The skipper of the ill-fated shark-cage diving vessel - Shark Team - has recalled the day the boat capsized near Kleinbaai, claiming the lives of three tourists.
Grant Tuckett testified in the Western Cape High Court on Tuesday that he had not before seen a swell of the size that caused Shark Team to capsize four years ago.
Sarah Tallman, from North Carolina, has taken Shark Team, Tuckett and shark-cage diving business White Shark Projects to court to establish whether they were liable for her husband Chris Tallman’s death on April 13, 2008.
Her husband’s friend, Casey Lajeunesse, and Norwegian tourist Kenneth Rogue also died.
Tuckett said he had set out around 7.30am and, after anchoring, proceeded with shark-cage diving activities for about two hours.
Later, while manning the bait-line, he saw “the swell approach rapidly”.
“I realised that it would strike us or break on us. I started screaming for everyone to ‘Hold on, hold on’.
“Then the wave hit us and in split seconds we were upside down.”
Tuckett told the court that he swam from underneath the vessel and looked at the hull in “complete disbelief”.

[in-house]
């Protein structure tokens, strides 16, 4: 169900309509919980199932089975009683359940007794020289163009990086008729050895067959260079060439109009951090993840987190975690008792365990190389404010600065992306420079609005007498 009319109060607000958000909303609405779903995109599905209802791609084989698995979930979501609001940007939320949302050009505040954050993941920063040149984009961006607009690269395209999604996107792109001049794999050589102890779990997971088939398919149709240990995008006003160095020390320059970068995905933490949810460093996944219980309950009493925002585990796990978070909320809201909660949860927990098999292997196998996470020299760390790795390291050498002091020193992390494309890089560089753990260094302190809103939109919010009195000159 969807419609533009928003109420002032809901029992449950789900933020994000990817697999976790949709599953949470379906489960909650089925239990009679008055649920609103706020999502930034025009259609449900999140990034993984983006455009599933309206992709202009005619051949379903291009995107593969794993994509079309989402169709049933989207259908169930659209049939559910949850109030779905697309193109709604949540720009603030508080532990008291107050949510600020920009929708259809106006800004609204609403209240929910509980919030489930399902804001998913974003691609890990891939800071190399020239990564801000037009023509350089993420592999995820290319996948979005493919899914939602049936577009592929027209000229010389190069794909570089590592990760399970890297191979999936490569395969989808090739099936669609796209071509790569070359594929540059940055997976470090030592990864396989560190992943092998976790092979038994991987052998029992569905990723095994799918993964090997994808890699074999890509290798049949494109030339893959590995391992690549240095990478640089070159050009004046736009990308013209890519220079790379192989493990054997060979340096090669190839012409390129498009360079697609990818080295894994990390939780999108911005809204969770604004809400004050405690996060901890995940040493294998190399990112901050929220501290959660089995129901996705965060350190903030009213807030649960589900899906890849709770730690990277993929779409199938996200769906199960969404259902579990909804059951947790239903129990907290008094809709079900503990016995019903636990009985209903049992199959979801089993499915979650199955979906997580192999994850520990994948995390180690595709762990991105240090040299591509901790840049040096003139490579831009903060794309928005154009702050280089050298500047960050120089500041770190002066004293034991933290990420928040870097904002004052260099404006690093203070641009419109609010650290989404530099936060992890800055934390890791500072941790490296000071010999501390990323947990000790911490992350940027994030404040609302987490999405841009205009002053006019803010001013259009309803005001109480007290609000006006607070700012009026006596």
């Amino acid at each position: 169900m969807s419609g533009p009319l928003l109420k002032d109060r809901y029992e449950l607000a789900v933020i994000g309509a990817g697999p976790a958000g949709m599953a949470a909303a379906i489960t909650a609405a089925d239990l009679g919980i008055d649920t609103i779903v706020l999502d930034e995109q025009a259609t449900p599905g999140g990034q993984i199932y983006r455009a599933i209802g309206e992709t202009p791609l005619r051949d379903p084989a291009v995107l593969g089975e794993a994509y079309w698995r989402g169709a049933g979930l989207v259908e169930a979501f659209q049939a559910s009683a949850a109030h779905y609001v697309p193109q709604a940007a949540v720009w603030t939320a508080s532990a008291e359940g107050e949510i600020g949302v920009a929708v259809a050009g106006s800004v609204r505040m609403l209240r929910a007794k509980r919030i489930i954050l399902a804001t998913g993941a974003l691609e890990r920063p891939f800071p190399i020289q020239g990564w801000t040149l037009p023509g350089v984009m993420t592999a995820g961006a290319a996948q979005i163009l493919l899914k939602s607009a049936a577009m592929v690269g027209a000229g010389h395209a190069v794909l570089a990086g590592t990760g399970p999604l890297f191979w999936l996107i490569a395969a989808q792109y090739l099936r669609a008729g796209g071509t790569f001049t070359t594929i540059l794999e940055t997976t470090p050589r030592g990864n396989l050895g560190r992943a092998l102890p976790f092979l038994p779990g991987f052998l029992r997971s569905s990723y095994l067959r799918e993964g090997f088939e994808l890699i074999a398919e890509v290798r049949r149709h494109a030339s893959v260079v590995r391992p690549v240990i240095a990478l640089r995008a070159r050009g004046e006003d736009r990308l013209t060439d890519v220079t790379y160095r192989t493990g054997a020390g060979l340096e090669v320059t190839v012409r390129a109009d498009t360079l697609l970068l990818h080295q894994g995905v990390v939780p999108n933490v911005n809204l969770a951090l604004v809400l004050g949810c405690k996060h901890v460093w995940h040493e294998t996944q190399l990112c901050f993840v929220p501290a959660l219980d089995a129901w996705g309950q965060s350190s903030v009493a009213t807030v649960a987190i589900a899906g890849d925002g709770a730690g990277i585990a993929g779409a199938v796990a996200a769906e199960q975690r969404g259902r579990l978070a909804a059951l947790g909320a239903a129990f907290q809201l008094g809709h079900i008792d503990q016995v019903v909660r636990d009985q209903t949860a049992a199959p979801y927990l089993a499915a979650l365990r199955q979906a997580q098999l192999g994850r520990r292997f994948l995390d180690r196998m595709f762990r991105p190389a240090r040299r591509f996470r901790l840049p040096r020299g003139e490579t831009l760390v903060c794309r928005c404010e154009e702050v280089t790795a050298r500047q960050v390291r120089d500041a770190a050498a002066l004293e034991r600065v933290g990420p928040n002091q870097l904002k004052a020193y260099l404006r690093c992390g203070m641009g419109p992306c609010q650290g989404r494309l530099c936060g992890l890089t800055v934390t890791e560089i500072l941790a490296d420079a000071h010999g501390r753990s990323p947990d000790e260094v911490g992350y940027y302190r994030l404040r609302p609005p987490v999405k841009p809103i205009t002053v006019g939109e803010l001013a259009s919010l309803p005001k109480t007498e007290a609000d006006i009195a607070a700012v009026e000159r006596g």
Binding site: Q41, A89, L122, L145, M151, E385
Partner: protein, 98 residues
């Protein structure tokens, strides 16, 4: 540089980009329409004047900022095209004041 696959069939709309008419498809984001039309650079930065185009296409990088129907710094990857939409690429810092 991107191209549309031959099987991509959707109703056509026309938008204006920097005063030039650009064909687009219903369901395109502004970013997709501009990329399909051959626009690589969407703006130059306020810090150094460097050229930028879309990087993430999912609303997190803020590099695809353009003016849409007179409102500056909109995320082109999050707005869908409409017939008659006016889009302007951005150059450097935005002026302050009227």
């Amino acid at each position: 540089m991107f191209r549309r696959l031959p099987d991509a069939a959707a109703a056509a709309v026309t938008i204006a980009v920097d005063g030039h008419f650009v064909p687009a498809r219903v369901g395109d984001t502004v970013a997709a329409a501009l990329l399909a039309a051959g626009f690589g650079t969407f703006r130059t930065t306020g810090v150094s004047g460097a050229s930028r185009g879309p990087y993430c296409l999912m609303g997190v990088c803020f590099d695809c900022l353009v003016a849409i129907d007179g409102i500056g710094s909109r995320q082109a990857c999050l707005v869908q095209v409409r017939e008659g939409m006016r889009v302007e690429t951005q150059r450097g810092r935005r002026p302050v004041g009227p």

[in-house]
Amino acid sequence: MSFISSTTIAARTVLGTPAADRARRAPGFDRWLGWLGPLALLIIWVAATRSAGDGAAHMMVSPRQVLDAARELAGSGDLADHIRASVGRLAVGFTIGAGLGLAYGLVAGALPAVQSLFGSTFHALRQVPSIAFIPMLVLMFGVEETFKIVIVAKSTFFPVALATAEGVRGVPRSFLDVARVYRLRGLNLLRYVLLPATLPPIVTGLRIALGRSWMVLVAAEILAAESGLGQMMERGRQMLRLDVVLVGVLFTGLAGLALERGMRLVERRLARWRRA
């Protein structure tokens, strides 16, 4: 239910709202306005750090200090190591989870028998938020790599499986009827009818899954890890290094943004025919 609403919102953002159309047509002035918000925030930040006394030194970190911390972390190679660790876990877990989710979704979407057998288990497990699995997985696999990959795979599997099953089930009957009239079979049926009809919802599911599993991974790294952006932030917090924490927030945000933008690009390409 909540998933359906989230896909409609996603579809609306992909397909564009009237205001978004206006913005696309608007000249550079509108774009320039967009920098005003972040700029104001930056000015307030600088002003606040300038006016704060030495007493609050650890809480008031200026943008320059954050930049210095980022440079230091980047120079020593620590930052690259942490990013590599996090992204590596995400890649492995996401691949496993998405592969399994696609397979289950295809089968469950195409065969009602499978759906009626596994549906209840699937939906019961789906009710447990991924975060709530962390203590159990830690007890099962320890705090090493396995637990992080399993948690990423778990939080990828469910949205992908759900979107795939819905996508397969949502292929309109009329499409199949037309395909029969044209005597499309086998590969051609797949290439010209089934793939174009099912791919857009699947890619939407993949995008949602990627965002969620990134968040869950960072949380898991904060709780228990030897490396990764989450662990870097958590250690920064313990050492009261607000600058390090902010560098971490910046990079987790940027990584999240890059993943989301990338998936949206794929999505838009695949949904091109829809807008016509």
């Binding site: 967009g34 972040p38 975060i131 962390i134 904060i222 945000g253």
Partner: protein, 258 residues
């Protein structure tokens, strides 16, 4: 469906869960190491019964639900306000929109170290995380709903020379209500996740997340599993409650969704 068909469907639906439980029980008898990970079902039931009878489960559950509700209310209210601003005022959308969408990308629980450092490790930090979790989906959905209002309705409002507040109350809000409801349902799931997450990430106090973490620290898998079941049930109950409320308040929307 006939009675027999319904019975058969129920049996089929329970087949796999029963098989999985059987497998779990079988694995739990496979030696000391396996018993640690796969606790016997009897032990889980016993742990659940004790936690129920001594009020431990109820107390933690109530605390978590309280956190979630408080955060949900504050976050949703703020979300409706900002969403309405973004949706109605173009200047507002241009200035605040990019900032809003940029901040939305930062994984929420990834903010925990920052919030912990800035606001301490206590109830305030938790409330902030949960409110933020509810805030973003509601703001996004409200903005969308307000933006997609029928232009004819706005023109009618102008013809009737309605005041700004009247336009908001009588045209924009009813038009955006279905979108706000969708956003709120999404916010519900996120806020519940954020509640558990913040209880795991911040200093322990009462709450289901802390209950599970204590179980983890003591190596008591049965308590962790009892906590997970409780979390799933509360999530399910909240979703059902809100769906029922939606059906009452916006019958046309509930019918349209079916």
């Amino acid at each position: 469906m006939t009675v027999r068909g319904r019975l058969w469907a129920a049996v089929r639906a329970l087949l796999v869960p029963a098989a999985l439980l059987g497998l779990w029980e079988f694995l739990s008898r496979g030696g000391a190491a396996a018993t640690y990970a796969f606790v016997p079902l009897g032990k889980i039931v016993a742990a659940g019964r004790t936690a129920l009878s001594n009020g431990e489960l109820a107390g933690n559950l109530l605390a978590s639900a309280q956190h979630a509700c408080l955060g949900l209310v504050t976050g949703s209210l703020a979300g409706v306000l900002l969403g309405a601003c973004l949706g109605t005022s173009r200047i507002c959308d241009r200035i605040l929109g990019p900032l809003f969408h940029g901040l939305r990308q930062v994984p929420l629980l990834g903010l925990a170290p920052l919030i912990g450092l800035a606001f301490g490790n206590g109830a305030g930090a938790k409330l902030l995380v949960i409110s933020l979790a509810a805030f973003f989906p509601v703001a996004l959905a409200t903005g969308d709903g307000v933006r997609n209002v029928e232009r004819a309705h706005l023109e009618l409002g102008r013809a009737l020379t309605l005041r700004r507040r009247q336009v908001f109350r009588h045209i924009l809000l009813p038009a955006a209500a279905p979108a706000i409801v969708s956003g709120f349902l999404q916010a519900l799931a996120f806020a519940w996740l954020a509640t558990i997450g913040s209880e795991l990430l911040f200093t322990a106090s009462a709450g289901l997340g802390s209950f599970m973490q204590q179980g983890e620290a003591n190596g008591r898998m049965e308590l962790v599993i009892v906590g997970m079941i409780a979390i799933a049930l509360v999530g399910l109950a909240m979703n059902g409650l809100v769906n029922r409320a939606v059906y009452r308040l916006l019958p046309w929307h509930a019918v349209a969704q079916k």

He still had a cellphone in his hand because, at the time the wave hit, he was on the phone to another skipper informing him of Shark Team’s position.
Tuckett said that he was ready to pack up for the day when the boat capsized.
“I screamed for everyone to get on to the (upturned) vessel,” Tuckett said.
He and other crewmen rescued his videographer, who was trapped in the shark-cage, as well as a woman whose leg was tangled in rope.
By this time, people were being taken to safety on board the White Shark - the vessel that came to their aid.
Tuckett noticed a German man who appeared to be struggling in the water. He swam out and brought him to safety.
The dive master on board the White Shark then shouted: “We need to go, we need to go.”
Tuckett said he replied: “Have you got everybody?”
The dive master had said: “Yes, and we need to go.”
Soon afterwards a volunteer asked where the Norwegian tourist was because he had his camera. The rescue vessel was a few metres from the scene, Tuckett said.
There was a lot of debris, as well as the cage and life jackets in the water.
When Tuckett’s advocate, Michael Wragge, asked whether he would have acted differently from the crew on the White Shark, Tuckett said: “Absolutely not. You look after the people you can see first. You don’t put the people at risk.
“Also there were (at least four) other vessels in the area to continue the search and rescue.”